Just how precious is human life?

An ultrasound scan showing a human life inside the womb

by Lucien Tuinstra

What value do we place on human life—in the womb, and later in life—and what role does our worldview play? A recent news bulletin reported that abortion clinics are seeing a rise in women that use abortion as ‘birth control’ (as a last resort), rather than contraceptives.1,2 The Bible views sex outside of marriage as fornication. However, in today’s society abstinence does not even seem to come into the equation, yet it is the only way to be 100% sure of avoiding pregnancy! The sad fact is that many men and women do not deem the life of the unborn child as something precious.

Atheist view

An unwanted pregnancy means abortion is tragically the first thought that comes to mind for both the pregnant woman and her (usually unmarried) partner. In a society that has left God behind, the answer is to end life if the methods to prevent conception have failed. These men and women do not see the baby as precious, so s/he may simply be discarded. Unfortunately, such thinking is commonplace. Arch-atheist Richard Dawkins has this to say, referring to human life in general:

“Disagreeable as the thought might be to starry-eyed idealists not used to thinking like economists, human life is not infinitely precious. We put monetary value on it.”3

Applying Dawkins’ words to pregnancy, those who find themselves in this position do not even pay the “monetary value” of the abortion. The financial cost, in many countries, is given to the taxpayer, many of whom might be among those “starry-eyed idealists”.

Dawkins’ callous, evolutionary view of life connects with his rejection of the Bible, and God’s image in human beings, as is also clear from agnostic philosopher Michael Ruse:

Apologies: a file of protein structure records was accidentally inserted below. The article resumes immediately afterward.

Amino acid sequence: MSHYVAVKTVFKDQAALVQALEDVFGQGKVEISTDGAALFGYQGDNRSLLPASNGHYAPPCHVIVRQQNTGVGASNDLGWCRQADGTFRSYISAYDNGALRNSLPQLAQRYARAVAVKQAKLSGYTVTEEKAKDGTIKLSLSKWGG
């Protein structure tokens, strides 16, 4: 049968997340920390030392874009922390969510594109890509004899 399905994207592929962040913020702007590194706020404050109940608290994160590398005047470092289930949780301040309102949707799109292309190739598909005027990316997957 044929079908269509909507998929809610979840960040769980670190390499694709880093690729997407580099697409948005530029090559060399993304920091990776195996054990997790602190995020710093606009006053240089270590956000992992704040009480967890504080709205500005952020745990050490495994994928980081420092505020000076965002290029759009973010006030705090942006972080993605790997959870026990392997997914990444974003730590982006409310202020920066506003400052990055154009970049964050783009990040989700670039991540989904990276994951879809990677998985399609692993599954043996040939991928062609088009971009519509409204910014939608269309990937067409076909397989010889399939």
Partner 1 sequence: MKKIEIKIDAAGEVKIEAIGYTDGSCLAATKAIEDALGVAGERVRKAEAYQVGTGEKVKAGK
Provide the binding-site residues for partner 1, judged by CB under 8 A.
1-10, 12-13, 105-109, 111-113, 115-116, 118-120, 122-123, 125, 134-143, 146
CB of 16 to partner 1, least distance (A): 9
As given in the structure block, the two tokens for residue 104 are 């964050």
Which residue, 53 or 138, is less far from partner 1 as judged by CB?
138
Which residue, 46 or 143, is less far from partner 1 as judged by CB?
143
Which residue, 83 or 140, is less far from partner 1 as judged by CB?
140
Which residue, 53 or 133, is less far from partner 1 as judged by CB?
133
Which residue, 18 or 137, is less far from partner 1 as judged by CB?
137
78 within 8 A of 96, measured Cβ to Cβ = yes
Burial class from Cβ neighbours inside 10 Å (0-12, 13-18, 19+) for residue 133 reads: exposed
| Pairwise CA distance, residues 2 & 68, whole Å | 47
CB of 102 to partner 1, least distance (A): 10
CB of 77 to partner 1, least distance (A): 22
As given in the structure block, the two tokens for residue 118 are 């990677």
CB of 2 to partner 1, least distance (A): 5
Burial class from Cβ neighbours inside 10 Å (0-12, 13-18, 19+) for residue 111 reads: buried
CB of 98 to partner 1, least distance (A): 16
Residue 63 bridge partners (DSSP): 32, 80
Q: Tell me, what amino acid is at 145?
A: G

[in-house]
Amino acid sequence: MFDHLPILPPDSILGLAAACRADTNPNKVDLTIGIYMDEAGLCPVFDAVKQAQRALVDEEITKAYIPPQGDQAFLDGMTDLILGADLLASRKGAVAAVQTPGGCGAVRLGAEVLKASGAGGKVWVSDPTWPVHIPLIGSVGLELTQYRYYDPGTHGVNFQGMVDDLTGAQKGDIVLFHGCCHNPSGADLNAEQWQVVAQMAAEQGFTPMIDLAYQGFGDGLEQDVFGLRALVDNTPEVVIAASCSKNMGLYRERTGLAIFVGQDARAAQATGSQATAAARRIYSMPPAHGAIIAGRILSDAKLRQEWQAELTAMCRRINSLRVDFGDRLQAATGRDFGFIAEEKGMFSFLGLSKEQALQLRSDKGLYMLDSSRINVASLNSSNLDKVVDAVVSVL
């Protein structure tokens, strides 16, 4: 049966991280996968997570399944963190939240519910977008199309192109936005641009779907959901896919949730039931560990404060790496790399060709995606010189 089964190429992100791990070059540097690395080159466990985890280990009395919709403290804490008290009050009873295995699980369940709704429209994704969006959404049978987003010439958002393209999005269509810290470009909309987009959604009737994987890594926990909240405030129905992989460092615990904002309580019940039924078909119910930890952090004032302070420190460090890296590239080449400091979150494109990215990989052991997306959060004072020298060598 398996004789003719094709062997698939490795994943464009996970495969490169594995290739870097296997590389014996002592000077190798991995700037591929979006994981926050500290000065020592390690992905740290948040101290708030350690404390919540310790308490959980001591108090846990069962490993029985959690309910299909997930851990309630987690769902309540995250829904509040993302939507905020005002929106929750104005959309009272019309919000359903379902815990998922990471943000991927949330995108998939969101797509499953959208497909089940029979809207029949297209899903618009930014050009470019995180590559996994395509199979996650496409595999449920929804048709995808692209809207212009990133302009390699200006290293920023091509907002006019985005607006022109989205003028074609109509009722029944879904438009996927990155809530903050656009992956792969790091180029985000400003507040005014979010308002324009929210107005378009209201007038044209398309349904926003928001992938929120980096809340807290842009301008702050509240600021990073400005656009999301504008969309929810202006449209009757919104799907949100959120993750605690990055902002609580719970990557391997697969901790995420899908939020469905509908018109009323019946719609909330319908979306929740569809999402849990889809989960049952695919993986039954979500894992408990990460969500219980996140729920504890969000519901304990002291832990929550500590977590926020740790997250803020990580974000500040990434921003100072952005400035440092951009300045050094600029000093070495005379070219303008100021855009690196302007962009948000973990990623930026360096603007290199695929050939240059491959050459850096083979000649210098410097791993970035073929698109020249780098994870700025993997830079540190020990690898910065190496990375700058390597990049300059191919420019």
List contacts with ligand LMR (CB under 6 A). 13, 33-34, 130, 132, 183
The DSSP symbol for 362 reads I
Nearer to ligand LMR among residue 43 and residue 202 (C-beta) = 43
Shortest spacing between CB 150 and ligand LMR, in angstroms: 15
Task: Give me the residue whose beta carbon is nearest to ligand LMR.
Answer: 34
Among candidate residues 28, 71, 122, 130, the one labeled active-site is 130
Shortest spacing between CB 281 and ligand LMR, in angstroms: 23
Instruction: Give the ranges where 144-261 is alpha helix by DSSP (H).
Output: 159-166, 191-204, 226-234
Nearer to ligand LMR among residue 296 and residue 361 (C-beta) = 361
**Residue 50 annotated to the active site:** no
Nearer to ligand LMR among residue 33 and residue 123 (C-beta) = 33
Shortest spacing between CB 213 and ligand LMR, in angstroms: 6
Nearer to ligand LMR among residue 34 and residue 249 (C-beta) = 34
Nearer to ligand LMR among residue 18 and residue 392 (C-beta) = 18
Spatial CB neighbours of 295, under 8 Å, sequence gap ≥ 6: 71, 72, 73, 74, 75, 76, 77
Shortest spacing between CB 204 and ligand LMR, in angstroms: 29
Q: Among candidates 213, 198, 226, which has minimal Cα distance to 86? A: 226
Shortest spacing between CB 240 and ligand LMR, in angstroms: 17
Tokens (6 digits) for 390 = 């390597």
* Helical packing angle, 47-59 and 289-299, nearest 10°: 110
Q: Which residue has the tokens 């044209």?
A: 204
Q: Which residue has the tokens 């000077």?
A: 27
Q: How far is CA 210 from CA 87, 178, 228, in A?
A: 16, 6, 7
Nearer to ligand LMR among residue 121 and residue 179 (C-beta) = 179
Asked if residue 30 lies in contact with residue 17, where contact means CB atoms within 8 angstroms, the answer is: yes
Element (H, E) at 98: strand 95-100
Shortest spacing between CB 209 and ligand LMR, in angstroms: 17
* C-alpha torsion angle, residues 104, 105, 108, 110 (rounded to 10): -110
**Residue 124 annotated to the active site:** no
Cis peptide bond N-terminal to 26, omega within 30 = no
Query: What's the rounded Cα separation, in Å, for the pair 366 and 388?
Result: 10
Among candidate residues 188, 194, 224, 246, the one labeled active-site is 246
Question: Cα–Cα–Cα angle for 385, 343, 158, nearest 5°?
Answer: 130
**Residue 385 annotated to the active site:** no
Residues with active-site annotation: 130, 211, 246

“There was no original Adam, we are descended from a group of people, and there were sinners before Adam, going back to the monkeys—and they weren’t too well behaved either.”4

The idea is that people are no different from animals. Strangely, some people elevate the value of animals over that of humans.5

Christian perspective

Most accept the killing of animals is morally acceptable (if done humanely), and necessary where human food is concerned. Animals are part of God’s creation and we should not abuse them. However, animal life stands in stark contrast to that of human beings. Only people are image-bearers of God (Genesis 1:27):

So God created man in His own image, in the image of God He created him; male and female He created them.

Atheists deny this, but they are inconsistent; according to Owen Strachan, professor of theology, Grace Bible Theological Seminary (US):

“Although many mouth secularist cosmological and personal formulations, in their hearts they cheat. They treasure the wonder and mystery of this place, and act as if life is purposeful and meaningful. They do so because we are the image of God, and no one can erase this truth. We are stamped by God, and no one can scratch out the seal of God’s making.”6

Do we call these two masses of cells?